How it Happened

In 1971 my father, Dick Anderson, began writing The Summer Bachelor, a novel.

He loved the world of creative advertising as much as he hated the advertising business. Ten years before he had been at the center of it—the beginning of television and consumer culture. The agency actually paid him to rib his team of creatives until they came up with ideas to sell stuff. What a job!

But then coveted promotions came, and changes. 1971 found him in management at a new agency, realizing that ambition came at a price. To evoke the early days, to transcend the present, Dick began to write down some stories, ones he had heard, agency stories, and his own escapades. He intended to recreate one hot summer in New York—what a guy could get up to with the family out of town.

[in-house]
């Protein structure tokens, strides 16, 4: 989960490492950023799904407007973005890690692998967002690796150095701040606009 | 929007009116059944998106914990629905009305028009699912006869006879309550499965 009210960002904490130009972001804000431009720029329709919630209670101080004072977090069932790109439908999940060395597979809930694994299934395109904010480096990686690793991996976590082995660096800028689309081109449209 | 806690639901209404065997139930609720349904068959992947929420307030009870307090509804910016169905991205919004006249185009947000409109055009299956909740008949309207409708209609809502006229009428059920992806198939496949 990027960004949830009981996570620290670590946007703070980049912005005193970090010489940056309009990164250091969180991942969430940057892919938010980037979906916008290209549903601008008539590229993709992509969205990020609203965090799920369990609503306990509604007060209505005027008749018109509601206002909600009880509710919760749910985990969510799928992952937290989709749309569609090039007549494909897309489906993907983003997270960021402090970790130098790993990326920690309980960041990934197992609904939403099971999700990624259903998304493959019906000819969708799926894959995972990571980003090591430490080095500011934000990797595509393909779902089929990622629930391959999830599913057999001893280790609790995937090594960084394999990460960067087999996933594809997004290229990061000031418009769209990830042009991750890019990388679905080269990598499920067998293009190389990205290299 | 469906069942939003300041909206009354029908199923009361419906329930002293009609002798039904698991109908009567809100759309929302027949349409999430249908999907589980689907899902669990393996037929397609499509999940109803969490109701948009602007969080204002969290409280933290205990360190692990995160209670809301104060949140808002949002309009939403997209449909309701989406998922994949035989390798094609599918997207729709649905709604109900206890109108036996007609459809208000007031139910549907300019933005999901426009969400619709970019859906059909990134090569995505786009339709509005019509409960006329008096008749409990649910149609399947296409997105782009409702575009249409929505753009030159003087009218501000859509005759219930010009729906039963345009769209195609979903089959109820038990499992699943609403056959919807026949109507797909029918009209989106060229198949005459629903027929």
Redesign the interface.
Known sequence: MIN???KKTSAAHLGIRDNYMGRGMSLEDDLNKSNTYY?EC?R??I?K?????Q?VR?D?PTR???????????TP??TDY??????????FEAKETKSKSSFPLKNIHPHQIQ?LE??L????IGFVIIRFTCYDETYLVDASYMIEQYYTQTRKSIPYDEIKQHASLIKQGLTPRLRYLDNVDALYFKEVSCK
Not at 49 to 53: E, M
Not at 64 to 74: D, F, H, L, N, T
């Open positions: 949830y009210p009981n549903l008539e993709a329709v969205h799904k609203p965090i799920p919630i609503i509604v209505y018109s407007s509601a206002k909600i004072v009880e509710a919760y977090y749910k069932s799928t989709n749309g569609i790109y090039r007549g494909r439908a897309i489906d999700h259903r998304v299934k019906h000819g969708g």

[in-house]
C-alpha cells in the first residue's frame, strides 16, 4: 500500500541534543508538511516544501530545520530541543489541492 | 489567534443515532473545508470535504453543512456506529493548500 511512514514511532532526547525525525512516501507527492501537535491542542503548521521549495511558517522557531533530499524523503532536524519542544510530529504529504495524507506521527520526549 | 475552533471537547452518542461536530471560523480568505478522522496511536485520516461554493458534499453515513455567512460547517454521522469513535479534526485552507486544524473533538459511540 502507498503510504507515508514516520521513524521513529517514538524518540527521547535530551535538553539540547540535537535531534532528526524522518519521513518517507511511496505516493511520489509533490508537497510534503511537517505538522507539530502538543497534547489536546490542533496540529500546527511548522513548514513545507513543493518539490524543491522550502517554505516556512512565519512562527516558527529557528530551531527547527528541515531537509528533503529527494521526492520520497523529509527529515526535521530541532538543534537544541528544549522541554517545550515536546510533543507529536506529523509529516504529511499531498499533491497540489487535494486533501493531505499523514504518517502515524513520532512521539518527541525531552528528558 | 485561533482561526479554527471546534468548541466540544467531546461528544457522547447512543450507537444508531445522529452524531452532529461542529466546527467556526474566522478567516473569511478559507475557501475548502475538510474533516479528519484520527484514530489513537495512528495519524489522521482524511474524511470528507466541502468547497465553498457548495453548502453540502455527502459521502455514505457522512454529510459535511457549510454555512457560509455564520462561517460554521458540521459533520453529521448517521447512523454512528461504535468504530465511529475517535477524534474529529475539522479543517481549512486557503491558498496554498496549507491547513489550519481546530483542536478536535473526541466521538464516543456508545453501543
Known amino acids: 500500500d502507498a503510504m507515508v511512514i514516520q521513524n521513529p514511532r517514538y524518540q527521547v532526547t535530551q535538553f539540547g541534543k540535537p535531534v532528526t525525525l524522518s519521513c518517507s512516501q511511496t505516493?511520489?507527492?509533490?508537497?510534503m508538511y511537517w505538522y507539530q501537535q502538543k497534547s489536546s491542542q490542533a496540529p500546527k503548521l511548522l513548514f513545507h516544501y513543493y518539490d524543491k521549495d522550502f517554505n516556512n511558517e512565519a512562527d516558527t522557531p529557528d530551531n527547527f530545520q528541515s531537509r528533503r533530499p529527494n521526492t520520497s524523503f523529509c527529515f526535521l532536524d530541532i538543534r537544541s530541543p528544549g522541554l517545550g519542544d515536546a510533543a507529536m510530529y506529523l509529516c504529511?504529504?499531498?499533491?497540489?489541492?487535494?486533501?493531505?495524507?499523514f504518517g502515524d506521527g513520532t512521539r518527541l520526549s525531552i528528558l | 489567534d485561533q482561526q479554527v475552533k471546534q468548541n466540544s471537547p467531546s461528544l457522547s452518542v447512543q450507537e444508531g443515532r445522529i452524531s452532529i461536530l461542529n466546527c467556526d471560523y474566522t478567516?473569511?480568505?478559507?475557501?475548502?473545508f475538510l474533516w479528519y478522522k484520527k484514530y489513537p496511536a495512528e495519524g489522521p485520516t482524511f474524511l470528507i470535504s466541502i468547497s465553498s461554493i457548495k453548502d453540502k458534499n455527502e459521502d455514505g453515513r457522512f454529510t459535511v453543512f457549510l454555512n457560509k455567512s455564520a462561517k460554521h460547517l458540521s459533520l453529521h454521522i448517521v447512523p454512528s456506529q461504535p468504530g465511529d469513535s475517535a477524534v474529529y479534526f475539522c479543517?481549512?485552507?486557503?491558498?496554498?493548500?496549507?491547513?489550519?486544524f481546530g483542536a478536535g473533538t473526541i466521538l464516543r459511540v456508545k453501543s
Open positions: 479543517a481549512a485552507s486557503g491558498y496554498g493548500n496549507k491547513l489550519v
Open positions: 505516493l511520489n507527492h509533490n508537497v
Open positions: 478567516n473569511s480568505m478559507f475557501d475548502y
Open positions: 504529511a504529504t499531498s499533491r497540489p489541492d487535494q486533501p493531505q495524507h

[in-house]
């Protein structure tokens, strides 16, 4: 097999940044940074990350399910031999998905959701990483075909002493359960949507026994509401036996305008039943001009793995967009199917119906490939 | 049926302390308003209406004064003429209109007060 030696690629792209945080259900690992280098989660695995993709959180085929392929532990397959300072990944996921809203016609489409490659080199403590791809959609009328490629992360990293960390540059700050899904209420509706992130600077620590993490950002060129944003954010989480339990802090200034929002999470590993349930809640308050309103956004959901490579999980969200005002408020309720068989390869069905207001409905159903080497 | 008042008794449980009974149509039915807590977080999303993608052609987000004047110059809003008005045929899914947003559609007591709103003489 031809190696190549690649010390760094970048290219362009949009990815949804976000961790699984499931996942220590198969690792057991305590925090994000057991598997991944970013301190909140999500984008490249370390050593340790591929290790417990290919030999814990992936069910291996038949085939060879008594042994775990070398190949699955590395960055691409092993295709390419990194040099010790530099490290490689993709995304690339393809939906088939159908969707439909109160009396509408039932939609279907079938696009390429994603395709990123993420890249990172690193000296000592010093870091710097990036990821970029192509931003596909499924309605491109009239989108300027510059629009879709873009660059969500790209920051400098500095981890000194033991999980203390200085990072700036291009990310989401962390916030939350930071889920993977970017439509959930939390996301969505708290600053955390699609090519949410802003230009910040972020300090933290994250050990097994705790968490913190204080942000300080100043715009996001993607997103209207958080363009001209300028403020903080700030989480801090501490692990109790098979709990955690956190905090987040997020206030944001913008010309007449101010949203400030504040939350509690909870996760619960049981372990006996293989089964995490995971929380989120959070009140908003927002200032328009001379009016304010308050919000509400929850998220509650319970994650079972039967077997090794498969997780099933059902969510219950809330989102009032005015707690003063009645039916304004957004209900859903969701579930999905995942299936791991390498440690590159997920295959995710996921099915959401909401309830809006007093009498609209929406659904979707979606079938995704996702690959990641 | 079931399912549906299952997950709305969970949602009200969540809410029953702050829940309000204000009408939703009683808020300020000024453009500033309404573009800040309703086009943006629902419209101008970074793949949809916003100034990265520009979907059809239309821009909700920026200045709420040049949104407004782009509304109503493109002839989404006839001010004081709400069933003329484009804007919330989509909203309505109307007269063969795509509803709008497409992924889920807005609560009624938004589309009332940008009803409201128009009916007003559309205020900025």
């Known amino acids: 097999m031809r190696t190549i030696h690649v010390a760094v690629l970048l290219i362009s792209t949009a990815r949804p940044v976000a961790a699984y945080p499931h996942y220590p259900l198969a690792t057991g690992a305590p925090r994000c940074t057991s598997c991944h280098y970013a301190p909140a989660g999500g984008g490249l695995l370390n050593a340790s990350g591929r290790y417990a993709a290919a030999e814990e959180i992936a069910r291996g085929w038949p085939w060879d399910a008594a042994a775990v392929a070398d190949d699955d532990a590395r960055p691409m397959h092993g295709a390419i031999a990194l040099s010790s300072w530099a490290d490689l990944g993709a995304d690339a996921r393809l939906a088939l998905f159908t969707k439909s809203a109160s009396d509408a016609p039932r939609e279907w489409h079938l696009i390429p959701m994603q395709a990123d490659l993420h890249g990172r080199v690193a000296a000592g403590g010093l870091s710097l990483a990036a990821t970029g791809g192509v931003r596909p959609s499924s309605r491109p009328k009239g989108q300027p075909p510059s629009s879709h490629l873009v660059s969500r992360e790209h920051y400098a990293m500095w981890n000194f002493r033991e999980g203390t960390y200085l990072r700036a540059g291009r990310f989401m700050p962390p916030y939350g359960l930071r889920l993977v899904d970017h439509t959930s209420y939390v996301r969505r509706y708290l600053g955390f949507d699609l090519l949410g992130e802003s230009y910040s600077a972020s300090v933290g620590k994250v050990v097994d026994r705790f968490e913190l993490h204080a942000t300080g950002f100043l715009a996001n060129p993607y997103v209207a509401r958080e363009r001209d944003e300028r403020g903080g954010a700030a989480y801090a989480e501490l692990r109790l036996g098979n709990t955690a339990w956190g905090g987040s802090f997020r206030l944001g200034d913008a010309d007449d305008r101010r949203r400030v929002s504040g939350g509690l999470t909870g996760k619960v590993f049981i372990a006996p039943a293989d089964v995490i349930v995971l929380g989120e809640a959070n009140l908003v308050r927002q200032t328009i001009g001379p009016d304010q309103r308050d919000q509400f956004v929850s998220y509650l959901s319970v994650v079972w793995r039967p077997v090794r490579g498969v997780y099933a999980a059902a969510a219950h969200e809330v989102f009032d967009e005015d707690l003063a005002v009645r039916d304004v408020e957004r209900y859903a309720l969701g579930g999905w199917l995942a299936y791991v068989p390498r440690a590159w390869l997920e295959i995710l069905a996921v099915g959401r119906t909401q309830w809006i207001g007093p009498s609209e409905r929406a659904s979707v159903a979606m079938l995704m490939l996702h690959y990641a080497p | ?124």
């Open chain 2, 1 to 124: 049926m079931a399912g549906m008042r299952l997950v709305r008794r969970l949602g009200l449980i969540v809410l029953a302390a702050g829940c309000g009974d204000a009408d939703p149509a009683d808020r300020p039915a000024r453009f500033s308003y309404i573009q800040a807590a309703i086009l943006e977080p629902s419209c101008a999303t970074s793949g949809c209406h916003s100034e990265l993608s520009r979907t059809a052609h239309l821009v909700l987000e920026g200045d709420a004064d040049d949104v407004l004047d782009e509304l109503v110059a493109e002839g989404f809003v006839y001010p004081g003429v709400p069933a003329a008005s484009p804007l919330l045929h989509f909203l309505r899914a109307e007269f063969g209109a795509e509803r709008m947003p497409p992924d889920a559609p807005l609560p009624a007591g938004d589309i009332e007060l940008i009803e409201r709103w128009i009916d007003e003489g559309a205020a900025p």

I found his manuscript tucked away in a closet in 2000. Finding it led me to write The Lost Chapters, my memoir. I integrated a few excerpts into the book, to allow readers to hear from him directly, (find the e-book at

Fast forward to January, 2015.

A year ago after the holidays, as a writing exercise, I began sketching out a plot using the manuscript. I chose scenes and dialogue, took plot threads and continued them. Then I developed a new character, someone he might not have imagined, but based on several women he knew. The most fun came as I filled in the gaps in the story with my own creative writing.

This blog is supposed to be a serial. It’s a fictional story, about a New York adman who is more vulnerable than he lets on. Former viewers of Mad Men will be intrigued. To use a coffee metaphor, (excuse me, but I am immersed in sales pitches and slogans these days) this blog has the same flavor and none of the acidity of the TV show. As the curtain closes on Don Draper, let’s see if this one about Alan Robinson doesn’t keep you coming back for more.

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